Monroe’s David Greene will be the first to admit that you can’t have a bad day fishing on the Bayou D’Arbonne trail even if you don’t get a bite because it’s one of the most scenic and interesting places he has ever kayaked.
But he’ll also admit that he never goes without trying.
“I love to catch bass there,” Greene said. “You can’t hardly beat the topwater bite there around the trees or run-outs first thing in the morning.
“When you catch a big old bass on a topwater, you are right there. It’s a challenge to get them in the boat.”
Some of the best topwaters on Bayou D’Arbonne include Pop-R’s, Devil’s Horses, Tiny Torpedoes, Super Spook Jrs. and various plastic frogs.
Setting the hook on a big bass in a kayak can be challenging, Greene admitted.
“Just keep your butt in the seat and you’ll be fine,” he said. “Don’t get too excited and start trying to sit or stand up,0 or you’ll be in trouble.”
Fellow kayak club member John Bradford said the allure of kayak fishing is the challenge.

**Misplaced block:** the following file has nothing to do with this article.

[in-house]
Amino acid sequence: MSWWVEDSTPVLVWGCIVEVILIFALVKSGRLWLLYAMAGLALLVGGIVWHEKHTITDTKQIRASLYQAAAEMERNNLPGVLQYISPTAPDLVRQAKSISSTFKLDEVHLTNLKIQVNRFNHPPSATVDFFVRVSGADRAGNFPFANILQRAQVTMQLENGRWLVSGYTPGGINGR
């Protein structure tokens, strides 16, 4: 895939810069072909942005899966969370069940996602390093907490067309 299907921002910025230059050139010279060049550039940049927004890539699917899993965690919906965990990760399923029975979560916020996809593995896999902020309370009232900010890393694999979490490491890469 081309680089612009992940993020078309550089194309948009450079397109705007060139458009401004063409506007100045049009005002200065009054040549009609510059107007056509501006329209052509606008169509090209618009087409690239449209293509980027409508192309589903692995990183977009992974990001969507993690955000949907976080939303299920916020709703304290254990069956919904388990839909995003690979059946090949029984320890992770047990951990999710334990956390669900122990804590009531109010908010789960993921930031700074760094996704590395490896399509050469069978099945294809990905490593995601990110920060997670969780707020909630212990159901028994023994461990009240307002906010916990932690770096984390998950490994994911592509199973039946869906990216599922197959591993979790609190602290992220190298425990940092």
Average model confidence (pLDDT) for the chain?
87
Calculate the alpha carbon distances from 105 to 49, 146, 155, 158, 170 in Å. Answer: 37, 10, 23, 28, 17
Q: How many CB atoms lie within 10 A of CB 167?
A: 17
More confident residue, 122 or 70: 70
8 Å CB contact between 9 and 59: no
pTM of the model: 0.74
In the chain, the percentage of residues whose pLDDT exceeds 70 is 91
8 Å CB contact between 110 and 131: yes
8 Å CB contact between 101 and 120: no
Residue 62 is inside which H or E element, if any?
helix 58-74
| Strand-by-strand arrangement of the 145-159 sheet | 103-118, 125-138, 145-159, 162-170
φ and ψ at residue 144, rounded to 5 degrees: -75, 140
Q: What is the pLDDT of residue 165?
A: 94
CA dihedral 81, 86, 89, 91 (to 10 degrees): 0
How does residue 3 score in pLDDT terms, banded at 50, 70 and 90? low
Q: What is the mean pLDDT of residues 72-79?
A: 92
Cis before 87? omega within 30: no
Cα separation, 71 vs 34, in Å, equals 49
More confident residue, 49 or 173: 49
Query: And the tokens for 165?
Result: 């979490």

“I have fished a long time, and I got into kayak fishing because it was a new way to enjoy catching bass,” Bradford said. “It puts you up close and personal with them, and there’s the challenge of knowing you are doing it all by yourself, including paddling your way to and from the fish.
“My best advice is go as often as you can and stay as long as you can. It’s you against the fish.”
Greene’s latest adventures involve learning to catch crappie on the trail.
“I just take those little swim baits and roll them slowly in the deeper water,” he said. “When you catch one, you’ll know where they are at. Just go back and forth in that area, and you can catch a mess of good fish in a hurry.
“Hardly anybody does that in the summer, so you can have it pretty much to yourself.”
His favorite colors for crappie swim baits and small Road Runner-type lures include blue and baby bass.
Bradford also loves to fish small crankbaits, but he said they pull the kayak too much and make fishing too much work.
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